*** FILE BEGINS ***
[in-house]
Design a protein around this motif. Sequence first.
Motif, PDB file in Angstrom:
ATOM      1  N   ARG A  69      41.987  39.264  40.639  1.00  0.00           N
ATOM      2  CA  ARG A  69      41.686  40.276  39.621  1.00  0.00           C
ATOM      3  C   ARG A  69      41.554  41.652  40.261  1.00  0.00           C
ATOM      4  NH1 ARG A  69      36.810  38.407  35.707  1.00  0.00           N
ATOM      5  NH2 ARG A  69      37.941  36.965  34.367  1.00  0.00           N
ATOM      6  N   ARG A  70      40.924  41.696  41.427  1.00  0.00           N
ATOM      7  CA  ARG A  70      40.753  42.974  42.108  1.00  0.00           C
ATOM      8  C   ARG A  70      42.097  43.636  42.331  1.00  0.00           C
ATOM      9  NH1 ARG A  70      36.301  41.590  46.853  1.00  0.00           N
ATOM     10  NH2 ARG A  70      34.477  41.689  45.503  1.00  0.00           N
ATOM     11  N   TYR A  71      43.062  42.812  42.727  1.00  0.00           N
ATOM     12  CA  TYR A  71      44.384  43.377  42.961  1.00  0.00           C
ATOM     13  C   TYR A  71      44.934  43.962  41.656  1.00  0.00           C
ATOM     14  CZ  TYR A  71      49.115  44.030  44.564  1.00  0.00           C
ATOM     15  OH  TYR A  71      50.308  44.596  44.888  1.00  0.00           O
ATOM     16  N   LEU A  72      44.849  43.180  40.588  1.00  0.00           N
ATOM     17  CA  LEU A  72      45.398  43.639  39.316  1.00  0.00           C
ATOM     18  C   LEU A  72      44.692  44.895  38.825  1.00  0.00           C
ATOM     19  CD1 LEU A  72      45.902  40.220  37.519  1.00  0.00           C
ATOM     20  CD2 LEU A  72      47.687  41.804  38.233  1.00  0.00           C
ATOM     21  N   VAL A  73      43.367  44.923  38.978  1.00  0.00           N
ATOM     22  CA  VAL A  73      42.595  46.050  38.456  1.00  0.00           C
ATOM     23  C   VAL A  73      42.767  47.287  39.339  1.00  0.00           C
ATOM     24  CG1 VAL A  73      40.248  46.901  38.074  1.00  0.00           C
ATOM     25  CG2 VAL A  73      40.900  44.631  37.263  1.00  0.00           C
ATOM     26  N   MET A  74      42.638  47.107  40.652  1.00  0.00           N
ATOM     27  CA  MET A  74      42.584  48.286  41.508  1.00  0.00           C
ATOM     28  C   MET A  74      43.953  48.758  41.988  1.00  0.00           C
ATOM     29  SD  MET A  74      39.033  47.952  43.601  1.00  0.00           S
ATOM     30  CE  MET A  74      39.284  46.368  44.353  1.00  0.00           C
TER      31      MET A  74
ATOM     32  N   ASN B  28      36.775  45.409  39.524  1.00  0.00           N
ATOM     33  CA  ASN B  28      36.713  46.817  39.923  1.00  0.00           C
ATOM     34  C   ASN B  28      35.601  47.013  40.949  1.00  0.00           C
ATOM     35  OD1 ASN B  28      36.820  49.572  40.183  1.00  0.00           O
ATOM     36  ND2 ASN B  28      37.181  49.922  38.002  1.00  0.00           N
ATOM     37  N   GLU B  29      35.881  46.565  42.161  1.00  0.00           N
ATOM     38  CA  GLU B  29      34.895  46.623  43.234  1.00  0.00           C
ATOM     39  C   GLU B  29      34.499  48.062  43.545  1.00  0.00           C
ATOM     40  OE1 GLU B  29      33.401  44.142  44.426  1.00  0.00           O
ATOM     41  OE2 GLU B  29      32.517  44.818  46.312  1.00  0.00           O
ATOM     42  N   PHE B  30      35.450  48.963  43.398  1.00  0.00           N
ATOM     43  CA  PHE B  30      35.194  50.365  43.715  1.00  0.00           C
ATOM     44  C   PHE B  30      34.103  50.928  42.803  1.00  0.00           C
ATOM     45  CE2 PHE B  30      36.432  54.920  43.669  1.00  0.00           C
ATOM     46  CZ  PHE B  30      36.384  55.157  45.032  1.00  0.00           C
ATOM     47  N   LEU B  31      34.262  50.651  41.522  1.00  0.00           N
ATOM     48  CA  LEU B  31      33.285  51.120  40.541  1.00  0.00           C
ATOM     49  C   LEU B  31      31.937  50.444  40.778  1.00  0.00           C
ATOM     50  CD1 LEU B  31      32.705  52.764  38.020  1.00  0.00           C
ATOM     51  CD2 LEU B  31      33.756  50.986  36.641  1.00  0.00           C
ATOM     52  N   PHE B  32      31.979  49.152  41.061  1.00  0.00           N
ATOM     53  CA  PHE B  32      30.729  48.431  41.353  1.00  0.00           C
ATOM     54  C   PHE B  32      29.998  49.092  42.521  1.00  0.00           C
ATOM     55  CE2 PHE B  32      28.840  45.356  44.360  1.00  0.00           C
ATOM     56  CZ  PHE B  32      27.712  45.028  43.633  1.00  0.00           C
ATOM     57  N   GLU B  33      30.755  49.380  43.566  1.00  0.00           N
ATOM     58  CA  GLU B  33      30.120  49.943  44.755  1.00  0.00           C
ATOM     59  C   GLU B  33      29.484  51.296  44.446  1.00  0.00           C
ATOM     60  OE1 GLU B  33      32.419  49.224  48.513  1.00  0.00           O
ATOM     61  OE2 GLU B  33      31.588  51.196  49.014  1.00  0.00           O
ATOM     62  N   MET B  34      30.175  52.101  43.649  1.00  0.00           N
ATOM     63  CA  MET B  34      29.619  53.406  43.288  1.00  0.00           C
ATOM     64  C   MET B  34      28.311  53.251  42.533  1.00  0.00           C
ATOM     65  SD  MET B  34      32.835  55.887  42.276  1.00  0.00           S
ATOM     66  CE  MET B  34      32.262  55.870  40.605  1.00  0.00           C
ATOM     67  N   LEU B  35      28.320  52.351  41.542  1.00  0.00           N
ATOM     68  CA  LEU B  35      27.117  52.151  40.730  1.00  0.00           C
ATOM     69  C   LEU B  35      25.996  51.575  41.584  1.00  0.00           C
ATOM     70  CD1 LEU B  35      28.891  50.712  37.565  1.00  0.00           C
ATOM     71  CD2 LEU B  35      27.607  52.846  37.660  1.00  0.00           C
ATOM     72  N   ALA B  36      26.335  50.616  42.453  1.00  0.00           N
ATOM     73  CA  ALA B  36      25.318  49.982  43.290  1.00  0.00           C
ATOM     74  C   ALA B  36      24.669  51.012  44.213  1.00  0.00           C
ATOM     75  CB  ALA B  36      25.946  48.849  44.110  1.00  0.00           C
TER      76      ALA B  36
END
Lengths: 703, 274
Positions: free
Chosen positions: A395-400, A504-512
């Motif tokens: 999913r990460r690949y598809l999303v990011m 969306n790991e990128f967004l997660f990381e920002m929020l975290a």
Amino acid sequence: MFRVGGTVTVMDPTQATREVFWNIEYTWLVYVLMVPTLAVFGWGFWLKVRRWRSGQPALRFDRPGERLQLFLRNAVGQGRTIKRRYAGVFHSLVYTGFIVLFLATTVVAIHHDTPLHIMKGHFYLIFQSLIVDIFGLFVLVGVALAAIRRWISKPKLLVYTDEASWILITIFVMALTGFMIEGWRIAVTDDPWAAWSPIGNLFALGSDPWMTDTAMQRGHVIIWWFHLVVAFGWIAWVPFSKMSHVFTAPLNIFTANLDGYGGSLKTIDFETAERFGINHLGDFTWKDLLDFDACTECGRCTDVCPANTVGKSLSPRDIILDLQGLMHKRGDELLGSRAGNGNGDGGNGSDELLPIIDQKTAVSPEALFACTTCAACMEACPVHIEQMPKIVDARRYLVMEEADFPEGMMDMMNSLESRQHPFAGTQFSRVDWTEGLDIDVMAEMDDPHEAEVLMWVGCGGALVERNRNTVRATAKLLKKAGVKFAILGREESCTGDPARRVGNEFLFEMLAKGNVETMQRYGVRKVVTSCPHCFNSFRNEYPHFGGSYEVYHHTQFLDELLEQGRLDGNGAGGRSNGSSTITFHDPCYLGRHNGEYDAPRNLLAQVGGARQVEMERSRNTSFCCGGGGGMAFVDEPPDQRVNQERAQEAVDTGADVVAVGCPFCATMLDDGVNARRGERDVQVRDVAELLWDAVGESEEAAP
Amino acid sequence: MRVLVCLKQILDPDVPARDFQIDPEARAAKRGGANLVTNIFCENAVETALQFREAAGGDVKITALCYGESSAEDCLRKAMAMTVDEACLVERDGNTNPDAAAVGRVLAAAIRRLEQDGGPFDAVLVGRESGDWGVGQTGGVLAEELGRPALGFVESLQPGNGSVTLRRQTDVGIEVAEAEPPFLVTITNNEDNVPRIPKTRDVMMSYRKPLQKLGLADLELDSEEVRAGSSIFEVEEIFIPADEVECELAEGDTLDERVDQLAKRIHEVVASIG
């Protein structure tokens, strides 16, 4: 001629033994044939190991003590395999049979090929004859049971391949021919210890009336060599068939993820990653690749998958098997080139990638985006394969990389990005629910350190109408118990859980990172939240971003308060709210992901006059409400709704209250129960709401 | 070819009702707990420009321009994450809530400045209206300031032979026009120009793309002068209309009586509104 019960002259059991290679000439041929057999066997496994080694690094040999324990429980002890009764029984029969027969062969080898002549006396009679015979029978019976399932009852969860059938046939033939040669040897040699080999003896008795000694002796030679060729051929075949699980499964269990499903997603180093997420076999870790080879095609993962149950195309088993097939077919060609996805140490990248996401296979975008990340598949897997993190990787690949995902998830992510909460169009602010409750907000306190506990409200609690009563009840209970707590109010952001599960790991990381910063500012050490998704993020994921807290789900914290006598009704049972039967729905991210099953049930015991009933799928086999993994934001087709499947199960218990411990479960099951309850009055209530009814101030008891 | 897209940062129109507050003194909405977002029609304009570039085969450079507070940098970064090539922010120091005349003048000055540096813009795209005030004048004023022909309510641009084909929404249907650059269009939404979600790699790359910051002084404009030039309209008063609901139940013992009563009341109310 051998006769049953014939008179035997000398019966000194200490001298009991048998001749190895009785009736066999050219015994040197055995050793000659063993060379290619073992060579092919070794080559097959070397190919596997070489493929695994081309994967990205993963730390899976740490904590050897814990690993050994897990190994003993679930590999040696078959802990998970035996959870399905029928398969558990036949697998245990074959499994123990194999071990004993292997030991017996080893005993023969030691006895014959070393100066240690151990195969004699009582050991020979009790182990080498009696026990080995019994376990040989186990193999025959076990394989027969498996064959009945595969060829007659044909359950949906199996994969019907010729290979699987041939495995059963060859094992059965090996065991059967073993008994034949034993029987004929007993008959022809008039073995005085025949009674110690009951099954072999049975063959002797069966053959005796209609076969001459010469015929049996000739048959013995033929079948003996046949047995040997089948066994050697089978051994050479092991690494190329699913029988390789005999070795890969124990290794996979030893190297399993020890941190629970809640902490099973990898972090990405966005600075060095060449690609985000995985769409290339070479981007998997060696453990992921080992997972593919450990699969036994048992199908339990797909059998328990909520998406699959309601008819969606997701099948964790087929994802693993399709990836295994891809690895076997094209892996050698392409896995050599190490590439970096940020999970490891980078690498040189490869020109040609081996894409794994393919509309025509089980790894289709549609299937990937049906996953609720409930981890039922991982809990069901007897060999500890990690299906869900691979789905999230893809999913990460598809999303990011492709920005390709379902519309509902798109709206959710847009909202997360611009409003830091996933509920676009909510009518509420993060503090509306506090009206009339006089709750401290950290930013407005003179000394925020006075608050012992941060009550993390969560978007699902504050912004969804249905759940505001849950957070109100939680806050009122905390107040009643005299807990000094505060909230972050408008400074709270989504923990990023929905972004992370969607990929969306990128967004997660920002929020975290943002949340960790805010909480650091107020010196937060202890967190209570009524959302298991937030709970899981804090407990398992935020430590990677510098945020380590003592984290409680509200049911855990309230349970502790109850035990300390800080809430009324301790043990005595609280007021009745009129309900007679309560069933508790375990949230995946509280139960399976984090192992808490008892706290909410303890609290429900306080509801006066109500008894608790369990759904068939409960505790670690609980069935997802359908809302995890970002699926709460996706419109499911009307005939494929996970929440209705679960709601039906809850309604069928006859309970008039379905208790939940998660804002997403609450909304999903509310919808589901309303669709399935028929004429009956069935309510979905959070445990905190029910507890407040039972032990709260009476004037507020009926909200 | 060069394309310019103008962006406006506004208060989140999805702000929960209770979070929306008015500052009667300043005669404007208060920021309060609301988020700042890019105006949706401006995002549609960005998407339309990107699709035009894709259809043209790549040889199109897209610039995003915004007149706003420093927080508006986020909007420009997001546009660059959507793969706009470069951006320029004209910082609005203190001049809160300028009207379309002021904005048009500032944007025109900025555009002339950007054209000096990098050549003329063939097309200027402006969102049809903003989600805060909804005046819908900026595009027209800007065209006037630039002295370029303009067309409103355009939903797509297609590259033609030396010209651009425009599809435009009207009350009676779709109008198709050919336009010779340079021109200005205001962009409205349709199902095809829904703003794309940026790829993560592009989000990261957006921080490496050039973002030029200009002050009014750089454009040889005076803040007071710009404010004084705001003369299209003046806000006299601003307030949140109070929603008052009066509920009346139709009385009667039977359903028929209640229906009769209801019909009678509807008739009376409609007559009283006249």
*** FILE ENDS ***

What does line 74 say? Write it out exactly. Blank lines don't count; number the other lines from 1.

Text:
ATOM     71  CD2 LEU B  35      27.607  52.846  37.660  1.00  0.00           C